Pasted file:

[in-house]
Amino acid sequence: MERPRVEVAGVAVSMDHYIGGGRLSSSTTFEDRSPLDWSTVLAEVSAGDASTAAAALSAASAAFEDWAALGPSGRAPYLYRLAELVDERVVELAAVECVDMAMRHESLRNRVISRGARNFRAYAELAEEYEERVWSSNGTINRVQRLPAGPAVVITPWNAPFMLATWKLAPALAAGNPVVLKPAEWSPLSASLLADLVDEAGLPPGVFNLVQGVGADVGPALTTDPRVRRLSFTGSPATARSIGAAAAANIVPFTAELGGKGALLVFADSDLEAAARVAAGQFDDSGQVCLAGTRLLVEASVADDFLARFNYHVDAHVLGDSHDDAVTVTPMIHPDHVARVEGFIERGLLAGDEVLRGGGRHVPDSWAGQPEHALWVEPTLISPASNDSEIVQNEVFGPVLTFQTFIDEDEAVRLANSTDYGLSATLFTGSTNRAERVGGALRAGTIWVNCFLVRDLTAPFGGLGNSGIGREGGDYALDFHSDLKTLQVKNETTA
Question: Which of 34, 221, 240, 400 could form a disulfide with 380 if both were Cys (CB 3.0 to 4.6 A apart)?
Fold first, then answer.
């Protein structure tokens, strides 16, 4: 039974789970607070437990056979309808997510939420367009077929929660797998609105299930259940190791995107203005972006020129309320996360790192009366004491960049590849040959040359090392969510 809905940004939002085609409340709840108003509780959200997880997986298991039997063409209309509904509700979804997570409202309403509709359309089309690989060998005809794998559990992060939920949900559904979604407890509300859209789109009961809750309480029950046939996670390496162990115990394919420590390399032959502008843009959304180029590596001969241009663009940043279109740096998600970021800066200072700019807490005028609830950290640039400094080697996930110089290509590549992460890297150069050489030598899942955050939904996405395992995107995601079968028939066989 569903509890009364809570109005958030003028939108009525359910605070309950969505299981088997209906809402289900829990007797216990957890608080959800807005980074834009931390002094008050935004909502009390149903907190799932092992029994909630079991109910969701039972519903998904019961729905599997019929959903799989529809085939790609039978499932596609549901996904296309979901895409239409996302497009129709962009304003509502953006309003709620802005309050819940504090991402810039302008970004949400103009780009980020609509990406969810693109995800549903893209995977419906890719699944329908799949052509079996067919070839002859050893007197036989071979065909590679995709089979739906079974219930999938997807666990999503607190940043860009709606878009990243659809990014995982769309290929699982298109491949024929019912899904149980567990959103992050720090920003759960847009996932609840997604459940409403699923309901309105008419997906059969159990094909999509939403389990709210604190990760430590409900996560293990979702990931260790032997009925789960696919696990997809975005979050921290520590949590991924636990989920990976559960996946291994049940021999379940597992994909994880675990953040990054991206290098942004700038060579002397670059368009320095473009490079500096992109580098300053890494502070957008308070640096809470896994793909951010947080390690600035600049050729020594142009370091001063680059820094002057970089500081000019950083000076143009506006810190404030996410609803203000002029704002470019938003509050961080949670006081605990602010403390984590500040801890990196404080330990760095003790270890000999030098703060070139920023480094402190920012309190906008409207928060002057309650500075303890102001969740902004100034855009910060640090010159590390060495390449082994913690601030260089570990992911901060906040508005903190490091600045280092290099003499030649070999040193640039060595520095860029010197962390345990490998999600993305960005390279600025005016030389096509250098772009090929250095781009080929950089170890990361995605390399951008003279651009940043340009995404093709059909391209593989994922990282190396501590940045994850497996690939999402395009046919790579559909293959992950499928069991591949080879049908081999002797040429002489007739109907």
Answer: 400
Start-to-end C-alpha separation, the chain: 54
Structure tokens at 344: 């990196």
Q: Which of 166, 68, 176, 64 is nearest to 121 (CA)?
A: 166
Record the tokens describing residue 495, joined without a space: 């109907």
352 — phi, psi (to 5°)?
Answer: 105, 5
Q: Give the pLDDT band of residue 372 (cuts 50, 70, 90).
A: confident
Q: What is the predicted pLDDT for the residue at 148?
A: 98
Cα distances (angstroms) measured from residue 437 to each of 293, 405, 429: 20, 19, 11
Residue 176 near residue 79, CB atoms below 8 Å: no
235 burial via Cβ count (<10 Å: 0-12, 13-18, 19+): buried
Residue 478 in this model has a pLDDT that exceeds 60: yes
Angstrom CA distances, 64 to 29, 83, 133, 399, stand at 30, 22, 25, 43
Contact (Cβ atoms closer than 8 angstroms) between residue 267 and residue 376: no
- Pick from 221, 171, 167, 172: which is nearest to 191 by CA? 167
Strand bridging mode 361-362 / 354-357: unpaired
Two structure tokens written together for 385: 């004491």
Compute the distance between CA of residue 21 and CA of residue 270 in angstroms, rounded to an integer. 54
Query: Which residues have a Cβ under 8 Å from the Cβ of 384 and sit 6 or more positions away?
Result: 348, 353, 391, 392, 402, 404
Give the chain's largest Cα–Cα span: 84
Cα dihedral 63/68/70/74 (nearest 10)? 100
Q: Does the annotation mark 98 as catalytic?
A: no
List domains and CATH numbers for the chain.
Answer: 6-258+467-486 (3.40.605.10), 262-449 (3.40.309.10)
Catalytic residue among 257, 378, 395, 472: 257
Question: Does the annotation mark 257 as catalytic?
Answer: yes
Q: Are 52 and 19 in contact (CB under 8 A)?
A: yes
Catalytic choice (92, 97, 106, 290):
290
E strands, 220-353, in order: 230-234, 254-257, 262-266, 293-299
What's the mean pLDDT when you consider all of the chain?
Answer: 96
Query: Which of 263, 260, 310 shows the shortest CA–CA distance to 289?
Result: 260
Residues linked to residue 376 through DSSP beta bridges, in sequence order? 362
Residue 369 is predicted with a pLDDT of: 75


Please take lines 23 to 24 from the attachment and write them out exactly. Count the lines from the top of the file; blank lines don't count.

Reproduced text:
Contact (Cβ atoms closer than 8 angstroms) between residue 267 and residue 376: no
- Pick from 221, 171, 167, 172: which is nearest to 191 by CA? 167